CORNELL HEALTH—On Wednesday, Cornell Health officials released a statement to the university suggesting that students contract flu now to get it out of their system before prelim season.
“We just think that you might as well get that out of your way before the semester really picks up,” says Kathy Grammer, Cornell Health official. “I mean, you could get a flu shot, but honestly you might as well bite the bullet now so we won’t run out again.”
Students across campus, amidst lack of flu vaccines available, have taken steps to breathe into each other’s mouths and share pong cups in order to get the flu in and out before things ramp up. “A couple of my friends got together last weekend and soaked in the freezing rain to really get that virus rolling,” stated Jamie Carlton ‘20.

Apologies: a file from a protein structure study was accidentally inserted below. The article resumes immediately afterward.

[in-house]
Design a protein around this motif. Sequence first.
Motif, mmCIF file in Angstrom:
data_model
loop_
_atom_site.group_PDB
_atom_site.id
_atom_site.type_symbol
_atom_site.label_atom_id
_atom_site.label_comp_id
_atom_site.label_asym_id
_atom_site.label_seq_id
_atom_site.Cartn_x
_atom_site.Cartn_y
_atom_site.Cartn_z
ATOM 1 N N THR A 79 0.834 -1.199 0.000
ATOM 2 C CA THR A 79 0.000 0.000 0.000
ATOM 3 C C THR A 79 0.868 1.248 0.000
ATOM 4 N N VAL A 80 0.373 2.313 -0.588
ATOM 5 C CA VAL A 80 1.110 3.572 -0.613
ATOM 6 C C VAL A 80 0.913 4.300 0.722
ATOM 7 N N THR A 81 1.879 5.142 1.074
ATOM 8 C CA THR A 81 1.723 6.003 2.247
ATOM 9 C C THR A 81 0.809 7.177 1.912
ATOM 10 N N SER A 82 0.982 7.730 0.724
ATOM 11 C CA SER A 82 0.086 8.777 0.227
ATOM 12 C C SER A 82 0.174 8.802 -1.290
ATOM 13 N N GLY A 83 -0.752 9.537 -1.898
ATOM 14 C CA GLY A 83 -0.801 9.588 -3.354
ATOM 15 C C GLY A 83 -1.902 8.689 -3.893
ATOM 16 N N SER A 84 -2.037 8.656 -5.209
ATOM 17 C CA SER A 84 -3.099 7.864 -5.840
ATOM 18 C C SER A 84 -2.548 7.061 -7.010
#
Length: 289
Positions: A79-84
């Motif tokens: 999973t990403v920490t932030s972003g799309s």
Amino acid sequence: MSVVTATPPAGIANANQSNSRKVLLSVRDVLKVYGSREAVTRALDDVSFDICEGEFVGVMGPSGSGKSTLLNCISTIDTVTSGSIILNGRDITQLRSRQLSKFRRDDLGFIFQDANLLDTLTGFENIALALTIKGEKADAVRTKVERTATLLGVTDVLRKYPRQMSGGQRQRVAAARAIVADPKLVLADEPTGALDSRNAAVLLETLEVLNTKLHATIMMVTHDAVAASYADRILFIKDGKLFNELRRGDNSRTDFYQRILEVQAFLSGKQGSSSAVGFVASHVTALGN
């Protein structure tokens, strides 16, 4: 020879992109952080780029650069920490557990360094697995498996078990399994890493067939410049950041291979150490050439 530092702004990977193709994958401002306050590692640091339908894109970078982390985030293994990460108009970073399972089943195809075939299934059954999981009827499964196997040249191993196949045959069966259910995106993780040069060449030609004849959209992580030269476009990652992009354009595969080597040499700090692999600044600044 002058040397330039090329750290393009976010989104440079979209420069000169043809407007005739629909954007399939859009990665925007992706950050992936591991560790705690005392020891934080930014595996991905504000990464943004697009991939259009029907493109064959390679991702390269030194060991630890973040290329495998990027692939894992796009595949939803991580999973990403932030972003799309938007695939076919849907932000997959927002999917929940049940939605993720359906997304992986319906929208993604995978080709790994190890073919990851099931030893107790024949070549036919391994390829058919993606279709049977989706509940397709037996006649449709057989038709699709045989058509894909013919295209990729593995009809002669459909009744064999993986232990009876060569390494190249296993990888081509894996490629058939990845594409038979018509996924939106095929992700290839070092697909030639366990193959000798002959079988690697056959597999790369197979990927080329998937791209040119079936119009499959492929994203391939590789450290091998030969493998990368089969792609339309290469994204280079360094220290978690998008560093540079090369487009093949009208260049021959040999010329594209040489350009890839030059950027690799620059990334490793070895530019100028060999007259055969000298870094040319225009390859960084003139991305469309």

The statement additionally suggests that students start getting pregnant, as Cornell Health is running low on free condoms.
CORNELL HEALTH—President Martha Pollack officially marked the opening of the new Cornell Health building this week by christening it with a ceremonial STD test.
“By taking this symbolic STD test, I am happy to usher in a new and improved healthcare system here at Cornell,” President Pollack remarked before informing the registered nurse that she did not want her parents to be contacted about the screening.
Avoiding eye contact with those attending the ceremony, the relatable president took a urine cup from the shelf, tacitly wrote her name on the side, and shuffled off to a bathroom to complete the task.
“Regardless of the results, I am proud to lead our campus towards greater sexual health and wellness,” Pollack added, making a futile attempt to hide the sample while asking under her breath where it belonged.
Pollack concluded the christening by wishing the entire university happiness and good health in the years to come, making sure to grab a purple condom on her way out.